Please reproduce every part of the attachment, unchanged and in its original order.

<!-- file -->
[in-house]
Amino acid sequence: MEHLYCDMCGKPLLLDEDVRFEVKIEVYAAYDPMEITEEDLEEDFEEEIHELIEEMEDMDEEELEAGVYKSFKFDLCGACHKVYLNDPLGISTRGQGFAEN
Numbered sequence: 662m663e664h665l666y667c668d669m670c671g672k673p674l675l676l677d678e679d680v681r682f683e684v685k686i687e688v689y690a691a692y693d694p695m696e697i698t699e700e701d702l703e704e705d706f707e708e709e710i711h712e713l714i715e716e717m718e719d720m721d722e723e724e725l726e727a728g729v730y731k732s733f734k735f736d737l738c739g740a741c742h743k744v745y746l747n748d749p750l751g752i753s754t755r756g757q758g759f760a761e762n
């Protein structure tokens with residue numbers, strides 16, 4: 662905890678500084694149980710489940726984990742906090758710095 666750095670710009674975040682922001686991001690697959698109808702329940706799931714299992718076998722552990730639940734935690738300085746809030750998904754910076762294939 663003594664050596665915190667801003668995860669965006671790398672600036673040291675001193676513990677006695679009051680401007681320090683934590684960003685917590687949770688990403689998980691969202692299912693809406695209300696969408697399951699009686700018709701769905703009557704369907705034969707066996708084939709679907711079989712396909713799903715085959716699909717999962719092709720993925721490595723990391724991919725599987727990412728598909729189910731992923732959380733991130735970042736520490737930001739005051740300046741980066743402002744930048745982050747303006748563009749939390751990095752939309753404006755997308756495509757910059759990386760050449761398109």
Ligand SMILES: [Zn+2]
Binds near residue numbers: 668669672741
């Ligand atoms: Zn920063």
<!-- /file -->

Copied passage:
[in-house]
Amino acid sequence: MEHLYCDMCGKPLLLDEDVRFEVKIEVYAAYDPMEITEEDLEEDFEEEIHELIEEMEDMDEEELEAGVYKSFKFDLCGACHKVYLNDPLGISTRGQGFAEN
Numbered sequence: 662m663e664h665l666y667c668d669m670c671g672k673p674l675l676l677d678e679d680v681r682f683e684v685k686i687e688v689y690a691a692y693d694p695m696e697i698t699e700e701d702l703e704e705d706f707e708e709e710i711h712e713l714i715e716e717m718e719d720m721d722e723e724e725l726e727a728g729v730y731k732s733f734k735f736d737l738c739g740a741c742h743k744v745y746l747n748d749p750l751g752i753s754t755r756g757q758g759f760a761e762n
């Protein structure tokens with residue numbers, strides 16, 4: 662905890678500084694149980710489940726984990742906090758710095 666750095670710009674975040682922001686991001690697959698109808702329940706799931714299992718076998722552990730639940734935690738300085746809030750998904754910076762294939 663003594664050596665915190667801003668995860669965006671790398672600036673040291675001193676513990677006695679009051680401007681320090683934590684960003685917590687949770688990403689998980691969202692299912693809406695209300696969408697399951699009686700018709701769905703009557704369907705034969707066996708084939709679907711079989712396909713799903715085959716699909717999962719092709720993925721490595723990391724991919725599987727990412728598909729189910731992923732959380733991130735970042736520490737930001739005051740300046741980066743402002744930048745982050747303006748563009749939390751990095752939309753404006755997308756495509757910059759990386760050449761398109």
Ligand SMILES: [Zn+2]
Binds near residue numbers: 668669672741
């Ligand atoms: Zn920063």